Mr. HENRI BOURASSA (Labelle).
I would ask permission, Mr. Speaker, to sum up, in a few words, the points I made last night before the adjournment. With regard to the first part of the motion presented by the hon. the leader of the opposition, I said that, in my opinion, the time had passed for discussing in this parliament the respective theories of free trade and protection. The policy of protection, I contended, has been imposed upon us by foreign circumstances. It has not been adopted because of any theory, or because it is peculiar to one party or the other, but because it is the natural policy of Canada. And I maintain that it would be to the advantage of Canada iff representatives of both parties would cease discussing the relative merits of protection and free trade, and recognize the irresistible force of existing conditions. The policy of protection, I have pointed out, was forced upon the Conservative party, just as it has been forced upon the Liberal party; and we should be prepared to admit, what we "all know to be the ease, that so long as outside circumstances do .not change, we will have to continue that fiscal policy, which both sides have practically agreed upon. I therefore do not see any necessity for the motion proposed by the hon. the leader of the opposition. There may be questions of detail to be considered-as, for instance, whether the rates of duty should1 be raised or lowered on certain imports; but in such cases it is the duty of those who want the rates raised, to bring a straight motion asking that the tariff on this or that article should be made higher. But, I do not see any utility whatever in asking the parliament of Canada to declare that a protective policy is necessary in thi^ country, in view of the fact that such a policy has be*n imposed on both parties during the last twenty-four years, irrespective of the personal opinions of any member.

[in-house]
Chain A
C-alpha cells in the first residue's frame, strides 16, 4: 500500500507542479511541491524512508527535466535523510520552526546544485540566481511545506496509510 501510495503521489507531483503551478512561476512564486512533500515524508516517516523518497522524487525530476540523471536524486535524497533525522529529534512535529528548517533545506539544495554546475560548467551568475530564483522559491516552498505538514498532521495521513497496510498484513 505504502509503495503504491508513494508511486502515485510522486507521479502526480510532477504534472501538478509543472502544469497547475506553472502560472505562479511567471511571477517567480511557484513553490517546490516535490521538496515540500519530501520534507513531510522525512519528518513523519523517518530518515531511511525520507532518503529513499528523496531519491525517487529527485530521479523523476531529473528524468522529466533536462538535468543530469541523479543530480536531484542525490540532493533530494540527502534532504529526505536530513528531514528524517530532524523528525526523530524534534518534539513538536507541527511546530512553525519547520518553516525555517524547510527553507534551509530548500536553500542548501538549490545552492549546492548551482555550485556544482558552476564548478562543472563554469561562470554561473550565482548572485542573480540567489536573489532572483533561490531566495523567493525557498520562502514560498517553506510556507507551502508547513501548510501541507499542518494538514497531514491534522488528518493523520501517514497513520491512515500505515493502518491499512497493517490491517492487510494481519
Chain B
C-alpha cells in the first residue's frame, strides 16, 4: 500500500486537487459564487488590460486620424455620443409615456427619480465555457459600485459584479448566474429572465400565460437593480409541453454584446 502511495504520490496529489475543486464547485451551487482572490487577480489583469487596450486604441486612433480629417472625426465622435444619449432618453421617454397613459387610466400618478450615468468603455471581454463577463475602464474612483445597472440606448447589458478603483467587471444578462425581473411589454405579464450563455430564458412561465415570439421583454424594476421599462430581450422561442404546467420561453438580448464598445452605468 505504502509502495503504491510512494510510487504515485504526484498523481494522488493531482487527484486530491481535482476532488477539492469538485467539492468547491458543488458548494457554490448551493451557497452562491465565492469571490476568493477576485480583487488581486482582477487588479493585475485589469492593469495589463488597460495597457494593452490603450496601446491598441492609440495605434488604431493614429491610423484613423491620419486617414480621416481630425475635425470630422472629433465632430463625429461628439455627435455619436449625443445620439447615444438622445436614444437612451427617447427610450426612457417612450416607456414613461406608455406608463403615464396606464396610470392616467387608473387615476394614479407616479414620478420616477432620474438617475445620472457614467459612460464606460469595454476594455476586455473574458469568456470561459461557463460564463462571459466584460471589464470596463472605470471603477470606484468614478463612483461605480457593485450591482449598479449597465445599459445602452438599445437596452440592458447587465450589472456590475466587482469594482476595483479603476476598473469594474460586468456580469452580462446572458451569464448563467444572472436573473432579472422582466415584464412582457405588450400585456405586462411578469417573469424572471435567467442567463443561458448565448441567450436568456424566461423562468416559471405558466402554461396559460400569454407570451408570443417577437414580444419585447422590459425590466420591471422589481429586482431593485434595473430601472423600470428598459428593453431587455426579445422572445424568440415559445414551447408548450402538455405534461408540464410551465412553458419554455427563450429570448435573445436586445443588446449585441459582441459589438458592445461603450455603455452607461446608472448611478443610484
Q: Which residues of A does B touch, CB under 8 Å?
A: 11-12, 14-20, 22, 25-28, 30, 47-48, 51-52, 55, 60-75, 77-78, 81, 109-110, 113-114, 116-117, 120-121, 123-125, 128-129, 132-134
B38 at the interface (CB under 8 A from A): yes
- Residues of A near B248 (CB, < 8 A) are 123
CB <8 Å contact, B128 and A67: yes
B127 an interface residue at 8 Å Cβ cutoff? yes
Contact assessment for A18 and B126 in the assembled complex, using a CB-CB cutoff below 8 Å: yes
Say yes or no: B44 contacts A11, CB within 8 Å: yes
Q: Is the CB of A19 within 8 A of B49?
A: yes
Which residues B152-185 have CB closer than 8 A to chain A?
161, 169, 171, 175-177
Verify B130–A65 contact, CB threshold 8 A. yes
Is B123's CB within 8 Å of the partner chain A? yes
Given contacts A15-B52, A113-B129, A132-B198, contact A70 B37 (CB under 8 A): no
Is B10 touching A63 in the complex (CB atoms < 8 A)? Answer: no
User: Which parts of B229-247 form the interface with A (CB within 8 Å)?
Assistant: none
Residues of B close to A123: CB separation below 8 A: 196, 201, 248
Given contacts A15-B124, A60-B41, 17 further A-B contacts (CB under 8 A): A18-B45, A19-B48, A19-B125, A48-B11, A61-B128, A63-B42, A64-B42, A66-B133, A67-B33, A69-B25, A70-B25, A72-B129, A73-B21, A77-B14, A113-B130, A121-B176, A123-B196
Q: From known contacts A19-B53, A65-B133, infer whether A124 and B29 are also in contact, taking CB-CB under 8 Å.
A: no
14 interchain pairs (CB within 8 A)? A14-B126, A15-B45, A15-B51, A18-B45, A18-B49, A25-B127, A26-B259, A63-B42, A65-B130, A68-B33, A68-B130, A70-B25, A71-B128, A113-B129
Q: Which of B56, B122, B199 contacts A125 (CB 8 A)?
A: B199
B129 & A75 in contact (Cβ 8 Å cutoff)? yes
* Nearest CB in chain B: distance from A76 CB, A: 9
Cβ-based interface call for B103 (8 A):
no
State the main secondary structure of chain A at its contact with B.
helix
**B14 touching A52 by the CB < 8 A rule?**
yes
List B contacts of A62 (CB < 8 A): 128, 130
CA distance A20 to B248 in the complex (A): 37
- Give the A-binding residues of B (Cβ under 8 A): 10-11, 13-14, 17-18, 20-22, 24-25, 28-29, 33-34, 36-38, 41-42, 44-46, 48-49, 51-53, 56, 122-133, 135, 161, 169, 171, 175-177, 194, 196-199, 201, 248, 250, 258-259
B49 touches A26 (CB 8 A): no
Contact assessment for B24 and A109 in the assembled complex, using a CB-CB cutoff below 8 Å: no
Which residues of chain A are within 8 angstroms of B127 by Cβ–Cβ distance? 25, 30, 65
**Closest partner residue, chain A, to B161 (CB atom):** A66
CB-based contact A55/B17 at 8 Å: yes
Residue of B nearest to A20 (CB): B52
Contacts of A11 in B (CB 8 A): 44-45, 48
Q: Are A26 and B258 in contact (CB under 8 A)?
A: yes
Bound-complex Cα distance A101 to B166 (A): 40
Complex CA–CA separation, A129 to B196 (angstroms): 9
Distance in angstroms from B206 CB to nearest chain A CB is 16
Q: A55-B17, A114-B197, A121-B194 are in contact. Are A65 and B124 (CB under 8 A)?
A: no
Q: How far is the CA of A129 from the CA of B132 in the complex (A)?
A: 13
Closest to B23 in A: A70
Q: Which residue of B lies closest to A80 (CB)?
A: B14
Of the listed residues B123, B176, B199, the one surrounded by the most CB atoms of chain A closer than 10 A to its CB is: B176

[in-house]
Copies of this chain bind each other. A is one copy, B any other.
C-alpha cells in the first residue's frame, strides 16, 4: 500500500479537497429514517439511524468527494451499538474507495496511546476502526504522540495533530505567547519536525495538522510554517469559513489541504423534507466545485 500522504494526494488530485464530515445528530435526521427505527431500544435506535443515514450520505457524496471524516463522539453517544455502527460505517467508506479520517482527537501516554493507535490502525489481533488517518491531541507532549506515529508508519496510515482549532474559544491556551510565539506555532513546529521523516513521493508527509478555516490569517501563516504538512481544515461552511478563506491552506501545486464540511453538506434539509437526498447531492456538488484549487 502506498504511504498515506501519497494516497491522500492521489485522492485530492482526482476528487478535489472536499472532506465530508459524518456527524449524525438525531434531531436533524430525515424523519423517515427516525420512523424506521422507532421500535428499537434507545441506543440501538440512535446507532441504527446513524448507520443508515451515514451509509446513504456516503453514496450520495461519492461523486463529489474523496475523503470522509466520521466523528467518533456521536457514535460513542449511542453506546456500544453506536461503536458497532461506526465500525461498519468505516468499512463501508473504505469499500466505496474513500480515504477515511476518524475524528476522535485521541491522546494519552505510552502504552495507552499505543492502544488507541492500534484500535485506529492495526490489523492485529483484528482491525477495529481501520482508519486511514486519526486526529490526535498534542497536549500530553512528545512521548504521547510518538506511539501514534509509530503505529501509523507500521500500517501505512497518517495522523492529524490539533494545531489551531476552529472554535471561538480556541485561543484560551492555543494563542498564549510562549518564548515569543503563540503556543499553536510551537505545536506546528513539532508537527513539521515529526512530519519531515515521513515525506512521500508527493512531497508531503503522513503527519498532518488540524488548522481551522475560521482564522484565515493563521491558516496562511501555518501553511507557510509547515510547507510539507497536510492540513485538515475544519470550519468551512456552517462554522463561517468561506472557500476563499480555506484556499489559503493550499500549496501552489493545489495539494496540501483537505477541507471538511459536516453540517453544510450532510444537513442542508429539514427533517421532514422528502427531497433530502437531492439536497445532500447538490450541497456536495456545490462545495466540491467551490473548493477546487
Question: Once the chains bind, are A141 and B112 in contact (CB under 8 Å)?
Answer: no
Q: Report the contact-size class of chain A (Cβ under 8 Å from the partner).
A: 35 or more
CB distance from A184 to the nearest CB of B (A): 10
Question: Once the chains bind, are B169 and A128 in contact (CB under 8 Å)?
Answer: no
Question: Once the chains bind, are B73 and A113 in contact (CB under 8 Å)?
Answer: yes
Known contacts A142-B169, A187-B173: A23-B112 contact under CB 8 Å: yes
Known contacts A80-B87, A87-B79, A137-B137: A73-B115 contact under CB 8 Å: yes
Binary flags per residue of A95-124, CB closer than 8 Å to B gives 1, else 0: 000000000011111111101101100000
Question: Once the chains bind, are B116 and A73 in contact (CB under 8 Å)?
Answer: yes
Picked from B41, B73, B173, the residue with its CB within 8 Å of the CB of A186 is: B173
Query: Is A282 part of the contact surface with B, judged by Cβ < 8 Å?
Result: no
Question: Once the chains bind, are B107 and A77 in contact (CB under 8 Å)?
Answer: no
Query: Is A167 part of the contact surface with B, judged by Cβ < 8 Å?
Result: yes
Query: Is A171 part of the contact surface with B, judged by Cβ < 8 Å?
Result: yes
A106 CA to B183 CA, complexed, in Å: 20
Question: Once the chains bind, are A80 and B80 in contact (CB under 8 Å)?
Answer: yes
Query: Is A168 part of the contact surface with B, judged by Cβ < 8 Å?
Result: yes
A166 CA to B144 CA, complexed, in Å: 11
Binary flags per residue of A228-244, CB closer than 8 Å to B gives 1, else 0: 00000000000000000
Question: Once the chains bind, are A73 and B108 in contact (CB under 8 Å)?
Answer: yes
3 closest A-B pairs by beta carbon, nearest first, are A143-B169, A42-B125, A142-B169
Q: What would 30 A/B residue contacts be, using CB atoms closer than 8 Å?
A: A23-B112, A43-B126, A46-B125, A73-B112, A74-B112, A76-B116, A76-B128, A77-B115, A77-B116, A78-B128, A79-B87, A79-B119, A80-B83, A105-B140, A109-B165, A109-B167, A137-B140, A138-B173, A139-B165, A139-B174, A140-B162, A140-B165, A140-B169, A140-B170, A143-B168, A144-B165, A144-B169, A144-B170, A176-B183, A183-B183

In the second part of my argument I admitted that I voted with the greatest pleasure for the preference to Great Britain when that measure was! introduced by the government, in 1897. But, as time went on
and the results of that preference made themselves felt, I came to the conclusion that instead of its being a measure of freer trade-as no doubt the government meant it to be-it has turned out to be the worst kind of protection, namely, protection to foreign at the expense of home manufactures, and this is a kind of protection that I am not prepared to accept. I further expressed my astonishment at the contradictory position taken by hon. gentlemen opposite. In the first part of their resolution, they say that the principle of protection should be proclaimed once more by this House, and then, in the latter part, they ask this parliament to declare itself in favour of discrimination against Canadian products for the benefit of British and German manufactures.